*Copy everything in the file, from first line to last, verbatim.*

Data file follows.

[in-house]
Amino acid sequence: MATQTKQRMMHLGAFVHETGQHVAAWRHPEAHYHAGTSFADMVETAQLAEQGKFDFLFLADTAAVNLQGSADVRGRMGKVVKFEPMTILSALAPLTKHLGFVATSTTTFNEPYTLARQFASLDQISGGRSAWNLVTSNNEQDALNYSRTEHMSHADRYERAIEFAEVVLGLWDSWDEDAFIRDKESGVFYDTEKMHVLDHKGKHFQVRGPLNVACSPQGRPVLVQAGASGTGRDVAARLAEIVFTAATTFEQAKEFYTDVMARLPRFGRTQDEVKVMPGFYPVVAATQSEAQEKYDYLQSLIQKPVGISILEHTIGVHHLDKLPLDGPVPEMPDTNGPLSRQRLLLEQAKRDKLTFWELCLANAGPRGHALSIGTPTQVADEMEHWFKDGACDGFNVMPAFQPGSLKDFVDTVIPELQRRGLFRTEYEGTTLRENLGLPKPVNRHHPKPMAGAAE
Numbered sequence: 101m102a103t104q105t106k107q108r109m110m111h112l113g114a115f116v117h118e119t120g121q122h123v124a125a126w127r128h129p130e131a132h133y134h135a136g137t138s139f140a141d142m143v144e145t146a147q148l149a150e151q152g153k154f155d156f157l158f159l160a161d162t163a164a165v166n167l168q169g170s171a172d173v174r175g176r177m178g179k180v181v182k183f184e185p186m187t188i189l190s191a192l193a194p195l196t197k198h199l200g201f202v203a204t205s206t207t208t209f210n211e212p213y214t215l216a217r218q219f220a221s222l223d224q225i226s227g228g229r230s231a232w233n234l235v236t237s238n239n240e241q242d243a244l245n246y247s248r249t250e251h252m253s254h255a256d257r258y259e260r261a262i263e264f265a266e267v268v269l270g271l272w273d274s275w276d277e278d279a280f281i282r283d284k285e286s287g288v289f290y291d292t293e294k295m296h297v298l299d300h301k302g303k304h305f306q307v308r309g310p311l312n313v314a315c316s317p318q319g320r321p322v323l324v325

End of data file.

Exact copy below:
[in-house]
Amino acid sequence: MATQTKQRMMHLGAFVHETGQHVAAWRHPEAHYHAGTSFADMVETAQLAEQGKFDFLFLADTAAVNLQGSADVRGRMGKVVKFEPMTILSALAPLTKHLGFVATSTTTFNEPYTLARQFASLDQISGGRSAWNLVTSNNEQDALNYSRTEHMSHADRYERAIEFAEVVLGLWDSWDEDAFIRDKESGVFYDTEKMHVLDHKGKHFQVRGPLNVACSPQGRPVLVQAGASGTGRDVAARLAEIVFTAATTFEQAKEFYTDVMARLPRFGRTQDEVKVMPGFYPVVAATQSEAQEKYDYLQSLIQKPVGISILEHTIGVHHLDKLPLDGPVPEMPDTNGPLSRQRLLLEQAKRDKLTFWELCLANAGPRGHALSIGTPTQVADEMEHWFKDGACDGFNVMPAFQPGSLKDFVDTVIPELQRRGLFRTEYEGTTLRENLGLPKPVNRHHPKPMAGAAE
Numbered sequence: 101m102a103t104q105t106k107q108r109m110m111h112l113g114a115f116v117h118e119t120g121q122h123v124a125a126w127r128h129p130e131a132h133y134h135a136g137t138s139f140a141d142m143v144e145t146a147q148l149a150e151q152g153k154f155d156f157l158f159l160a161d162t163a164a165v166n167l168q169g170s171a172d173v174r175g176r177m178g179k180v181v182k183f184e185p186m187t188i189l190s191a192l193a194p195l196t197k198h199l200g201f202v203a204t205s206t207t208t209f210n211e212p213y214t215l216a217r218q219f220a221s222l223d224q225i226s227g228g229r230s231a232w233n234l235v236t237s238n239n240e241q242d243a244l245n246y247s248r249t250e251h252m253s254h255a256d257r258y259e260r261a262i263e264f265a266e267v268v269l270g271l272w273d274s275w276d277e278d279a280f281i282r283d284k285e286s287g288v289f290y291d292t293e294k295m296h297v298l299d300h301k302g303k304h305f306q307v308r309g310p311l312n313v314a315c316s317p318q319g320r321p322v323l324v325